Sunday, January 30, 2011

Sunlit Street, Dundas

8x10 oil on Canvas
It was bright and sunny today and it usually means that colder weather is on its way. I started this painting by doing a quick sketch from a photo, painting in the darkest darks, coating the canvas with transparent red iron oxide and a little diox purple. I then painted it with a palette of permanent alizarin, ultramarine blue,cobalt blue, cadmium red, cadmium yellow dark, titanium white. I constantly study other artist's work to discover how they get their pictures to look a certain way. This palette is similar to Jennifer Mcchristian's plein air  palette: white, cad yellow medium, cad red, alizarin, ultramarine blue, and yellow ochre. Indian yellow and sometimes thalo red rose as an underpainting. (I read this in an older post, so I'm not sure if she still uses this)
This painting is a street in Dundas near University plaza.

Saturday, January 29, 2011

Messy Commute, Dundas On

8x10 Oil on canvas
Snow in southern ontario cities is "idyllic" for about one day. After the cars, plows, and salters are done with it, it is a messy dirty soupy mixture.  I like "monotone" scenes, but I knew this one would be difficult. As I painted, I realized that this misty snowy day was loaded with subtle color. The challenge was to maintain the misty feel, while adding just the right amount of color. A challenge I need to work on.
These cars are heading west on King Street in Dunda Ontario, stopped at the lights on Cross Street.
$150 plus $10.00 shipping

Tuesday, January 25, 2011

Sun after Snow, Dundas Ontario

8x10 oil on Canvas board
This is an oil sketch that I tried to complete in an hour. I wanted to keep it loose and not labour over details. I took this photo the morning after a big snow storm. This scene is from a house on Melville Street in Dundas.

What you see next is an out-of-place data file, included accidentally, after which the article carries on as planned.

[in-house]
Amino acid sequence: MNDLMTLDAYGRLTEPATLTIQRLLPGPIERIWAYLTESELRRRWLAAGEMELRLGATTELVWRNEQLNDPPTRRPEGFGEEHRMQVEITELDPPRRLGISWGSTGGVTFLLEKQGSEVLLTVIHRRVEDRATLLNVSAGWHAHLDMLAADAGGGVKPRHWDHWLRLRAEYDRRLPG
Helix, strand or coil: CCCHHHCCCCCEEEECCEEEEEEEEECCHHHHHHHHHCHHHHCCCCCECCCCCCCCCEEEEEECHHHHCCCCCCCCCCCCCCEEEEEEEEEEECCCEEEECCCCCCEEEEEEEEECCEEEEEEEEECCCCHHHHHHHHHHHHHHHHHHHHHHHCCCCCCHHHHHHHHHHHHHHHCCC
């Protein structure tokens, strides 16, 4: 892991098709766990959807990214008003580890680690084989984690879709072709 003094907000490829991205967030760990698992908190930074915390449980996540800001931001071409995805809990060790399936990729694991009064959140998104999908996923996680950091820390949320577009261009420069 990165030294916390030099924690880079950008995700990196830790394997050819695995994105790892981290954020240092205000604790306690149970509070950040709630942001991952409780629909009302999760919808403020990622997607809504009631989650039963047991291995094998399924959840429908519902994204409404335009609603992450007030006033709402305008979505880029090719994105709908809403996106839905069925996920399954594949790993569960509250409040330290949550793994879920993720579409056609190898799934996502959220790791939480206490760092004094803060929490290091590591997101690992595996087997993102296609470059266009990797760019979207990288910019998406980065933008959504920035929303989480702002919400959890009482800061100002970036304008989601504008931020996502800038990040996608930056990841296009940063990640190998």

My new computer finally arrived and after fighting with the set up, I think everything is good to go. I would just like to say that I hate computers..(.not really) but they are such a pain. It is definitely much faster than my poor old dying one...and with all the paraphenalia that comes with blogs and web sites, the speed is necessary when perusing various sites.

Sunday, January 23, 2011

Late Afternoon Traffic, James Street Hamilton

16x20 oil on canvas
We have had some extremely cold weather lately, -9 F...really cold for southern Ontario. (I know you folks in Alberta and Manitoba get this all the time) I froze my hands when I took this photo, thank goodness there are several Tim Hortons around to duck into for a coffee.
This scene shows traffic heading south on James Street, ready to go under the T H and B railway tracks and then head up the mountain. These cold crisp days bring lots of sunshine.

Wednesday, January 19, 2011

Sun and Snow, John Street Hamilton

6x6 Oil on Board
At this time of year, a day of sunshine is a welcoming and rare occasion. Most often sunshine is associated with very cold temperatures. I like this colorful block if buildings on John Street in Hamilton. The salt that we put on the roads melts the snow and ice and allows for  great reflections.
A nonstop parade of family visitors and a dying computer have kept me from painting, posting, and visiting my fellow bloggers. My new computer was due to arrive a week ago, but I am still waiting! I will make the rounds and visit as soon as I can. Presently, it takes about 10 minutes for a blog to load.
Thank you all for your comments on my previous post. They are always so inspiring.

Tuesday, January 4, 2011

Snow Plow on King, Dundas

8x10 oil on canvas
This is a painting from last years snow storm. We haven't had any really dramatic storms we don't have a lot of snow on the ground. I love a good storm...everyone gets to stay home if it arrives at the right time. Down south, if a freak storm hits a city, the city pretty much shuts down. Here, with a forecast of snow, our plows are ready to go, day and night.

Monday, January 3, 2011

Joseph Webster House, Dundas

8x10 Oil on Canvas
I am fascinated with light and how it affects the surrounding areas. I would like to learn how to do nocturnes in a variety of settings. It was late afternoon when I took this photo of the Joseph Webster House, a beautiful historical stone house on the outskirts of Dundas. I wanted to change the scene to an evening view and so I looked at Marc Hanson's blog for ideas. He did a series of nocturnes and shares several ideas on the subject. Well worth looking at. On his side bar, you can find the nocturn postings and also a reference to his web site to see them all.
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